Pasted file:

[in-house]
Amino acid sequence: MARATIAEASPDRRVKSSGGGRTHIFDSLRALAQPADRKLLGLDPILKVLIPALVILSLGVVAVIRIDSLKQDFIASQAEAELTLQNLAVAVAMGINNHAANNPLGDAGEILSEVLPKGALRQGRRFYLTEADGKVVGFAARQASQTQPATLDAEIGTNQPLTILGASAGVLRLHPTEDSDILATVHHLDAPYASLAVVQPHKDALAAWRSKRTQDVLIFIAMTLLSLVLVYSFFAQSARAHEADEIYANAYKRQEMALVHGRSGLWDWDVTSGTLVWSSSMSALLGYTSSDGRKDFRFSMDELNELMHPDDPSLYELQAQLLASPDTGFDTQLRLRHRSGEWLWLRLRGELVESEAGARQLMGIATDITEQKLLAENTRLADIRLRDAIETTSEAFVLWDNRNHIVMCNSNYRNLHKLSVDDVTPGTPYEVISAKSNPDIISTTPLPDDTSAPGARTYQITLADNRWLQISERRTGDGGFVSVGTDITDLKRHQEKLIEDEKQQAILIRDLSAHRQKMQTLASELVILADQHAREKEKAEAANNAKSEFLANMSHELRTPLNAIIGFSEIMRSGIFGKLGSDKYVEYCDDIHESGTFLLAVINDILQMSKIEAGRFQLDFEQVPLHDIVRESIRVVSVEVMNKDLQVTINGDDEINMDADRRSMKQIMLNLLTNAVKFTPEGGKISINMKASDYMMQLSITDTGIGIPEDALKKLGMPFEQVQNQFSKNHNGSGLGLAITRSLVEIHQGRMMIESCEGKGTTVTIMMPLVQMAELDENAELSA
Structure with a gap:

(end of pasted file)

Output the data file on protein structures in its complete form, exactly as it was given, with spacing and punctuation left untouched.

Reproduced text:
[in-house]
Amino acid sequence: MARATIAEASPDRRVKSSGGGRTHIFDSLRALAQPADRKLLGLDPILKVLIPALVILSLGVVAVIRIDSLKQDFIASQAEAELTLQNLAVAVAMGINNHAANNPLGDAGEILSEVLPKGALRQGRRFYLTEADGKVVGFAARQASQTQPATLDAEIGTNQPLTILGASAGVLRLHPTEDSDILATVHHLDAPYASLAVVQPHKDALAAWRSKRTQDVLIFIAMTLLSLVLVYSFFAQSARAHEADEIYANAYKRQEMALVHGRSGLWDWDVTSGTLVWSSSMSALLGYTSSDGRKDFRFSMDELNELMHPDDPSLYELQAQLLASPDTGFDTQLRLRHRSGEWLWLRLRGELVESEAGARQLMGIATDITEQKLLAENTRLADIRLRDAIETTSEAFVLWDNRNHIVMCNSNYRNLHKLSVDDVTPGTPYEVISAKSNPDIISTTPLPDDTSAPGARTYQITLADNRWLQISERRTGDGGFVSVGTDITDLKRHQEKLIEDEKQQAILIRDLSAHRQKMQTLASELVILADQHAREKEKAEAANNAKSEFLANMSHELRTPLNAIIGFSEIMRSGIFGKLGSDKYVEYCDDIHESGTFLLAVINDILQMSKIEAGRFQLDFEQVPLHDIVRESIRVVSVEVMNKDLQVTINGDDEINMDADRRSMKQIMLNLLTNAVKFTPEGGKISINMKASDYMMQLSITDTGIGIPEDALKKLGMPFEQVQNQFSKNHNGSGLGLAITRSLVEIHQGRMMIESCEGKGTTVTIMMPLVQMAELDENAELSA
Structure with a gap: